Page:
Local Cotswold Events and Attractions

One of the delights of the Cotswolds is to meander around the villages with little fixed purpose,
but there are a host of houses and gardens to visit, neolithic remains galore,
and outdoor sports both traditional and modern.

To make a sporting weekend you could mix and match from local opportunities for
clay shooting, golf, cycling, horse-riding and throw in some excellent walks too!
Details and links all set out below.

There are also ample opportunities for that most tiring of sports: shopping - particularly for antiques.

The National Trust

Chedworth Roman Villa - the remains of one of the largest Romano-British villas in the country.  Open Wednesday-Sunday from 10.00am-5.00pm from late March until late October, from 10.00am-4.00pm in November and again from mid-February to late March. Completely closed from early December until mid-February.  Entrance charge £10.00 in 2016, but free for NT members. The drive up the Yanworth valley and around Stowell's perimeter is almost more magical than the Roman Villa.

Sherborne Lodge Park- built in 1634 as a deer coursing grandstand for the Duttons, but after a series of alterations and simplifications over the years was of no architectural interest until NT renovation in the 1990s. The grandstand sits within the 4,000 acre Sherborne Estate of rolling Cotswold countryside with views down to the River Windrush. Sherborne Park itself, however, was converted into apartments after the estate was given to the Trust in 1982. The grandstand should be open 11.00am-4.00pm Friday-Sunday from early March until the end of October, but sometimes is unaccountably closed. The £6.45 entrance charge in 2016 for the grandstand is not great value, but walks in the Estate are always accessible and free.

Hidcote Manor Garden - one of England’s greatest gardens, an ‘Arts & Crafts’ masterpiece created by Major Lawrence Johnston.  but note that weekends and Bank Holidays can be very busy, so a visit after 3pm may be more enjoyable!  Closed in January and February and not open on Thursdays and Fridays except between May and September. Entrance worth every penny of £12.00 in 2016, but free for NT members.

Snowshill Manor – - the former home of eccentric Victorian compulsive collector Charles Paget Wade. A small but appropriately eclectic house, recently renovated in "NT Classic" style. Open Wednesday-Sunday from 12noon-5.00pm, but closed from early December to late March.  Not a bargain at £11.50 in 2016, but as always free for NT members.

Chastleton House - one of England’'s finest Jacobean houses in continuous family ownership for 400 years until its acquisition by the Trust in 1991.  Open Wednesday-Sunday 1.00pm-5.00pm from April until September but only 1.00pm-4.00pm in March and October. Completely closed from early November until early March..  Entrance charge £10.50 in 2016, but free for NT members.  Entry by timed ticket in peak Summer months, but worth the hassle.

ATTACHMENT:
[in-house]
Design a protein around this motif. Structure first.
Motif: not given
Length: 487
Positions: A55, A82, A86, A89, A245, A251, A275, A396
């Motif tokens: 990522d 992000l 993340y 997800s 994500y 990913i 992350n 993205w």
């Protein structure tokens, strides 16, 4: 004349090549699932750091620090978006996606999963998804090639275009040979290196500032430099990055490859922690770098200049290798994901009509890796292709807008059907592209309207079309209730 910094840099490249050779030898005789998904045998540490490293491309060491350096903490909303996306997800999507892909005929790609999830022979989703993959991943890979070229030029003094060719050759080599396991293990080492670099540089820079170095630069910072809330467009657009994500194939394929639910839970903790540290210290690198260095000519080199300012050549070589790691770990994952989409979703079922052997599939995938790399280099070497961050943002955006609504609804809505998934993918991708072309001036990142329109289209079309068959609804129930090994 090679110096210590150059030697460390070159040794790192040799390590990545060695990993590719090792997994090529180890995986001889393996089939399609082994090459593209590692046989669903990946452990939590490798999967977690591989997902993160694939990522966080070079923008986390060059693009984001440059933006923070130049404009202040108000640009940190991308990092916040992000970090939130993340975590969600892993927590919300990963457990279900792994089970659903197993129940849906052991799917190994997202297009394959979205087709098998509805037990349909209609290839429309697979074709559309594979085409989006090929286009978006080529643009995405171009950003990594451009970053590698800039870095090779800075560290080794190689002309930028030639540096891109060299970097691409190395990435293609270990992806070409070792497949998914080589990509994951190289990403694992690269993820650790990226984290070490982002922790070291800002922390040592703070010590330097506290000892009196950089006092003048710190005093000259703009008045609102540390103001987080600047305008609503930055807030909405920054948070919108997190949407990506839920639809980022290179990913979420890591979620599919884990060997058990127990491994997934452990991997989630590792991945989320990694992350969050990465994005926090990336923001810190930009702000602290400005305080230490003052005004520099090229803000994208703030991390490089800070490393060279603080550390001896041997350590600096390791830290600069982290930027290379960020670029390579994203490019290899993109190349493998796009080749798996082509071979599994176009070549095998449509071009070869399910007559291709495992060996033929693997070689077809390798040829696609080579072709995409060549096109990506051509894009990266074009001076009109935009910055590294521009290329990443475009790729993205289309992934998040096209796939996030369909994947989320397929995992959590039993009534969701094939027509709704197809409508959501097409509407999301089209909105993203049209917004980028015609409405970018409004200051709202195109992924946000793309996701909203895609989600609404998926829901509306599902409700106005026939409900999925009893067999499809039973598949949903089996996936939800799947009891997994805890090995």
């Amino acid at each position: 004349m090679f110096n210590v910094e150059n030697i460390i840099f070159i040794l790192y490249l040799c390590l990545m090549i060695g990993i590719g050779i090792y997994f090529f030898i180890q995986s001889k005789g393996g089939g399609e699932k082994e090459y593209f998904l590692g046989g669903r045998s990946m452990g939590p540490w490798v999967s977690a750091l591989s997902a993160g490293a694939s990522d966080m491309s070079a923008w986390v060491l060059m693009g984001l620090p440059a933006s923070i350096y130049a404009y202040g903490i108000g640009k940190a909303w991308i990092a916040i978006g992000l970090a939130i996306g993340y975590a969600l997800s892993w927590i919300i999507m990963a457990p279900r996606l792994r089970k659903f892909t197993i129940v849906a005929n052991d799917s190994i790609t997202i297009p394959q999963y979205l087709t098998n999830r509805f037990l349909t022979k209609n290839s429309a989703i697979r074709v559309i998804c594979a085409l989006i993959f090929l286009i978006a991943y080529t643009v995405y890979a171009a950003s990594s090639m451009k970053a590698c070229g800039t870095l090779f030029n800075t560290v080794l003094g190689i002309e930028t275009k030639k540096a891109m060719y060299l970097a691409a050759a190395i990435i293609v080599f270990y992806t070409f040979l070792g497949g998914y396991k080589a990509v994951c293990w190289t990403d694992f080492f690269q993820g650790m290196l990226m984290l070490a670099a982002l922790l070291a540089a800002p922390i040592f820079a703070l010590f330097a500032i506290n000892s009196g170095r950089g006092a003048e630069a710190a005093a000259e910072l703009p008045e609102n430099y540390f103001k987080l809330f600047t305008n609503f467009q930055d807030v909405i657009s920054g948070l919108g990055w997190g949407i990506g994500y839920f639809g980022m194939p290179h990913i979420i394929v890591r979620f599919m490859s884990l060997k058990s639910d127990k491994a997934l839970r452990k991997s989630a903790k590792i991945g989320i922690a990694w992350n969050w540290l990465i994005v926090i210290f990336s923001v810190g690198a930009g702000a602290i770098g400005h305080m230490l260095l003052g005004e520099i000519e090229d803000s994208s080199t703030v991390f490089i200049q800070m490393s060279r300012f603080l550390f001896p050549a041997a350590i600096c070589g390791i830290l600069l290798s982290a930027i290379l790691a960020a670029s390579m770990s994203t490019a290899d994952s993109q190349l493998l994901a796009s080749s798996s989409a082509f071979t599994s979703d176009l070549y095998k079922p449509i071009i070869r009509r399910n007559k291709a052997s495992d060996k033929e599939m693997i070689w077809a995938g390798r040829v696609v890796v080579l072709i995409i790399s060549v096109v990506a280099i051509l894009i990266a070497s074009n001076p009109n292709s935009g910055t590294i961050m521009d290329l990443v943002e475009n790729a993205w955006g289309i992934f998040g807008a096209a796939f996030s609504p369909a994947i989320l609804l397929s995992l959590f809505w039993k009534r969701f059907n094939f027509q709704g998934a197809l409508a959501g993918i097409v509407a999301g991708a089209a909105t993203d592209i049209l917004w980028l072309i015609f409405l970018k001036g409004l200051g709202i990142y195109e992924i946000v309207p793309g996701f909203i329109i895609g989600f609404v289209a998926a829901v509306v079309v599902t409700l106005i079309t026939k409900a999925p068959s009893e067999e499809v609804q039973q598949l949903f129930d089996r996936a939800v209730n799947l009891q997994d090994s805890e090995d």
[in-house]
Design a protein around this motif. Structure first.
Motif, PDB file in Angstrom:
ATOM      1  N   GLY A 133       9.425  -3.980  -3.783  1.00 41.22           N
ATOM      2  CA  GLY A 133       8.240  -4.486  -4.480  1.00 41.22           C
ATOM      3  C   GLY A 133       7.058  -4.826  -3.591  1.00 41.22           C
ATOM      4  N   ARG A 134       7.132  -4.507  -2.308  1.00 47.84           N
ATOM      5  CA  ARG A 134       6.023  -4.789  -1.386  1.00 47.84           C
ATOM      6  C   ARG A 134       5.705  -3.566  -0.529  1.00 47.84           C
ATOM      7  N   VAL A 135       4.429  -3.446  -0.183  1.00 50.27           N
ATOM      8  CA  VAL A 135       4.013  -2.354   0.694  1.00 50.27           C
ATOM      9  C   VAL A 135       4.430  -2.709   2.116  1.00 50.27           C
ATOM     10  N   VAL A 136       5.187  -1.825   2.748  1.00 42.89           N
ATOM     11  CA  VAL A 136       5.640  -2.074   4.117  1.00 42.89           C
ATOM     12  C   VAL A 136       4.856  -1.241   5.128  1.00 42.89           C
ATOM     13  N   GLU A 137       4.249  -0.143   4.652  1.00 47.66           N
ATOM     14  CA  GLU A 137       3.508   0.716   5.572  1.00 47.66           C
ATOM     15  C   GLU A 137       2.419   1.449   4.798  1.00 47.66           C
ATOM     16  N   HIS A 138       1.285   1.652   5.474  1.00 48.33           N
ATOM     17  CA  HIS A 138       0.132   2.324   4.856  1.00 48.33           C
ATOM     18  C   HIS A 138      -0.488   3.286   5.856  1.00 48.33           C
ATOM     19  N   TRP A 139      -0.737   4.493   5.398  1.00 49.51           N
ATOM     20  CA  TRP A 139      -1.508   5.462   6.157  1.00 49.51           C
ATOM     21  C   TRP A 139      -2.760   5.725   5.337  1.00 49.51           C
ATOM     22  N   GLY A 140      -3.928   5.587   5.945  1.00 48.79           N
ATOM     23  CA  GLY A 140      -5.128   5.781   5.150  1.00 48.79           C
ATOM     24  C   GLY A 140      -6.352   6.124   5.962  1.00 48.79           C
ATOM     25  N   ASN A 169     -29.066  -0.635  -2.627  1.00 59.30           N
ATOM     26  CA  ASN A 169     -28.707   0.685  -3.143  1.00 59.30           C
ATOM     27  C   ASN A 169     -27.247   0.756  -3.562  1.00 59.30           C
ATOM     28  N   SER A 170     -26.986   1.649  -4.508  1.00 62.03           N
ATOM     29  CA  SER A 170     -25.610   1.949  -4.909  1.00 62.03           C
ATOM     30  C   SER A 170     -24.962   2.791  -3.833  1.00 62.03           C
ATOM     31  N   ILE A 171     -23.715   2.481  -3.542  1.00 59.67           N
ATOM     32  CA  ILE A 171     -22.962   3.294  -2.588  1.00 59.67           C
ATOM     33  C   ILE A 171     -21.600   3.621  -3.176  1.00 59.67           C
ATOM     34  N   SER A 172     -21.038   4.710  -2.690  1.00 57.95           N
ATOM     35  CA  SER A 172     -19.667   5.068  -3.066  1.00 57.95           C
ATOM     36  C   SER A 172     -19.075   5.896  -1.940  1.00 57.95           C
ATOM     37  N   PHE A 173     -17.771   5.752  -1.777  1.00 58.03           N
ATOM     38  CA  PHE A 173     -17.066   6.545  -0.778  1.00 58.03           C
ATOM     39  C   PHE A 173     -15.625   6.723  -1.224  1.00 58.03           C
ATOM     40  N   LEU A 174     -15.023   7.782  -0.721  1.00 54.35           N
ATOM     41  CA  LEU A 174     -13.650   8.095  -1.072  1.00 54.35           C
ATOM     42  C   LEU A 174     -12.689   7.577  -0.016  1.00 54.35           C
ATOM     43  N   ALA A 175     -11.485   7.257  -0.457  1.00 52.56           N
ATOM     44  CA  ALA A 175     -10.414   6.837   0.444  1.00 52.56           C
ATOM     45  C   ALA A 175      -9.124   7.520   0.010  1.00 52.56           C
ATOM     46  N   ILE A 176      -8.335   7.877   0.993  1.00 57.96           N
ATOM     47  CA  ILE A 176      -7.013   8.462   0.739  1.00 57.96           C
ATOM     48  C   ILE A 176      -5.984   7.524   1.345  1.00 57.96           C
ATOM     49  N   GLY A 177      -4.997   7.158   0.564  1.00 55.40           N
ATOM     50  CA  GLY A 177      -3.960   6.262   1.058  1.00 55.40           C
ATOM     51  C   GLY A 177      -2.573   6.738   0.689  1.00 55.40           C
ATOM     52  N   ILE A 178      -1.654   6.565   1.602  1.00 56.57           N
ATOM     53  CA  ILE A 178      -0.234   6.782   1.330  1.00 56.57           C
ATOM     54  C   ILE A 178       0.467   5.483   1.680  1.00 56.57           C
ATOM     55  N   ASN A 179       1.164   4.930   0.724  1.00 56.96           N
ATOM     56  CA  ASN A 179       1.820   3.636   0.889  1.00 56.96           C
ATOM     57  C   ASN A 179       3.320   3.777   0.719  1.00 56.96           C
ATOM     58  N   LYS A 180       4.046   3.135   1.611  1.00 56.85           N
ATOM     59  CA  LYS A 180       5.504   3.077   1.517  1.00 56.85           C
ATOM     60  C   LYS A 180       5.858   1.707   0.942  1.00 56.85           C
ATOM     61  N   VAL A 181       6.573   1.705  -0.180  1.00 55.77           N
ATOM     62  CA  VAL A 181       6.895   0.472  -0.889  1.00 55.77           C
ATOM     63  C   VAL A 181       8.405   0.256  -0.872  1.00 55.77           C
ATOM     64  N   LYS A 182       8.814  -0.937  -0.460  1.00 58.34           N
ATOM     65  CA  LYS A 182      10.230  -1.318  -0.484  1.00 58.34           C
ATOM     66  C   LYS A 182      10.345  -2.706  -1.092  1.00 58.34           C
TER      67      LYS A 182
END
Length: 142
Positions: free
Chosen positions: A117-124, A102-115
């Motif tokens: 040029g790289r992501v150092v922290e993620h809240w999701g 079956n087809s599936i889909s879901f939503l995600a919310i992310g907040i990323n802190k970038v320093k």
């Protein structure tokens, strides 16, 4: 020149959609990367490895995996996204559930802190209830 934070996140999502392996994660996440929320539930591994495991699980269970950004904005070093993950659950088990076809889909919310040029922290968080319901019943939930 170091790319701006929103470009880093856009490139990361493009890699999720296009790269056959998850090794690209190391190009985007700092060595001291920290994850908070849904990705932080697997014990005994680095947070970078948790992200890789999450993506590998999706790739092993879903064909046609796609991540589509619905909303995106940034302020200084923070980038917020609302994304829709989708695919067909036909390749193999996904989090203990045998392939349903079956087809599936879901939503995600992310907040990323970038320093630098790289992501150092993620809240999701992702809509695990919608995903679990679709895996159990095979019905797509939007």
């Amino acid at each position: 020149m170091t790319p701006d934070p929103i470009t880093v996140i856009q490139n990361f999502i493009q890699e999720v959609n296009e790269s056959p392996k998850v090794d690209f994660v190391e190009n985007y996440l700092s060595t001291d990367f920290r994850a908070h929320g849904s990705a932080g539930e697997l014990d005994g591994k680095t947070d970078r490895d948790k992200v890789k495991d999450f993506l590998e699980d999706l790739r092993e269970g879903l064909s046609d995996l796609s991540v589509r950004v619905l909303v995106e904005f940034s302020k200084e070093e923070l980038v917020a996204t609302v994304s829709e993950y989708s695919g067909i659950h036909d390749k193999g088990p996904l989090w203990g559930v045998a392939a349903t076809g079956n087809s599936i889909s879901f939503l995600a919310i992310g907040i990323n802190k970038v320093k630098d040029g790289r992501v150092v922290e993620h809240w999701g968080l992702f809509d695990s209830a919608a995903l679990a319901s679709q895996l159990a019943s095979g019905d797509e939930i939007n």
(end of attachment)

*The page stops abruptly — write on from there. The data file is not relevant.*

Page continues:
Cotswolds B&B - English Heritage

Notgrove Long Barrow - a Neolithic burial mound right on our doorstep (well, 2 miles!)
Belas Knap Long Barrow - a good example of a Neolithic long barrow.
Cirencester Amphitheatre – a large, well-preserved, earth-covered Roman amphitheatre.
Hailes Abbey - Cistercian abbey founded in 1246 that fell into ruins after dissolution.
Odda's Chapel - Anglo-Saxon chapel attached to a half-timbered farmhouse.
Uley Long Barrow (Hetty Pegler's Tump) - an unusual chambered burial mound dating from about 3000BC.

Other historic houses, gardens and local sites

It's almost always worth checking the relevant websites or telephoning ahead to check houses' and gardens' current opening times, as they do take it in to their heads to change these from time to time.

Bourton House Garden - an impressive, but still domestically-scaled garden in Bourton-on-the-Hill (not "on-the-Water") open Tuesday-Friday from April until October, 10.00am-5.00pm.  Entrance: £7.00. (Easy to combine with a visit to Sezincote, see below.)

Blenheim Palace and Gardens - 2000 acres of Capability Brown landscaped parkland surrounds Vanbrugh's greatest masterpiece and "Britain's Finest Palace". Open daily from mid-February to mid-December, 10:30am-5:00pm (although closed on Mondays and Tuesdays in November and December). Entrance £24.90 in 2016 for Palace and Gardens, or £14.90 just for the Gardens, but this includes rides on the miniature train as well as the Marlborough Maze, the Adventure Play Area, the Butterfly House and the lavender garden too!

Misarden Park Gardens - beautiful herbaceous borders, shrubs and stunning topiary in the garden of this house owned by the Wills family since 1913. Open Tuesday-Thursday 10:00am-4:30pm from April until September and with a very useful adjoining nursery for plant sales.  Entrance: £6.00.

Colesbourne Park - the Elweses' are snowdrop cultivators extraordinaire and their gardens are consequently open on weekends in snowdrop season in February and early March and the Arboretum is open on occasional Sundays between May and October. Entrance: £8.00.

Sudeley Castle - a Victorian glovemaker's re-creation of a castle on this historic site previously destroyed by Cromwell.  Gardens open 10.30am-5.00pm from mid-March until early November.  Entrance: £14.50 in 2016 but free for HHA members and 50% discount for CPRE members.

Sezincote - great gardens surrounding a fascinating manor house in the Regency Indian style, lavishly restored in the Kleinworts' ownership since 1944.  House and gardens open on Thursdays, Fridays & Bank Holiday Monday afternoons  2:30pm-5:30pm from May until September (and gardens open from January until November.) Entrance: Garden - £5.00, House and Garden - £10.00   No children in house, no dogs in garden.

Stanway House - opening hours are as eccentric as its owner, Lord Neidpath, but basically Tuesday and Thursday afternoons from June until August. Stanway's Jacobean gatehouse of mellow Cotswold stone, highly personal house and slightly surprising fountain makes it our favourite house anywhere in Britain.  Entrance: £9.00.

Kelmscott Manor - the country home of William Morris, now owned by the Society of Antiquaries and containing a collection of William Morris furniture, textiles & ceramics (the house is open 11:00am-5:00pm on Wednesdays and Saturdays from April until the end of October.) A hefty £10.50 entrance fee in 2016 - designed to deter the casual visitor, we suspect. Entrance is by timed ticket.

Painswick Rococo Gardens - a fascinating recreation of the mid-eighteenth century Rococo style of gardening.  Gradually and lovingly restored since 1984 by the Dickinsons and open daily 11:00am-5:00pm from mid-January until end-October.  Entrance: £7.70.

Kiftsgate Court Gardens - a garden developed by three generations of Muir women since the 1920s, most notably Diana Binny. Set on the Cotswold escarpment and renowned for its use of colour.  Right next door to Hidcote.   The most bewildering opening times of any house or garden in England. Entrance: £8.00.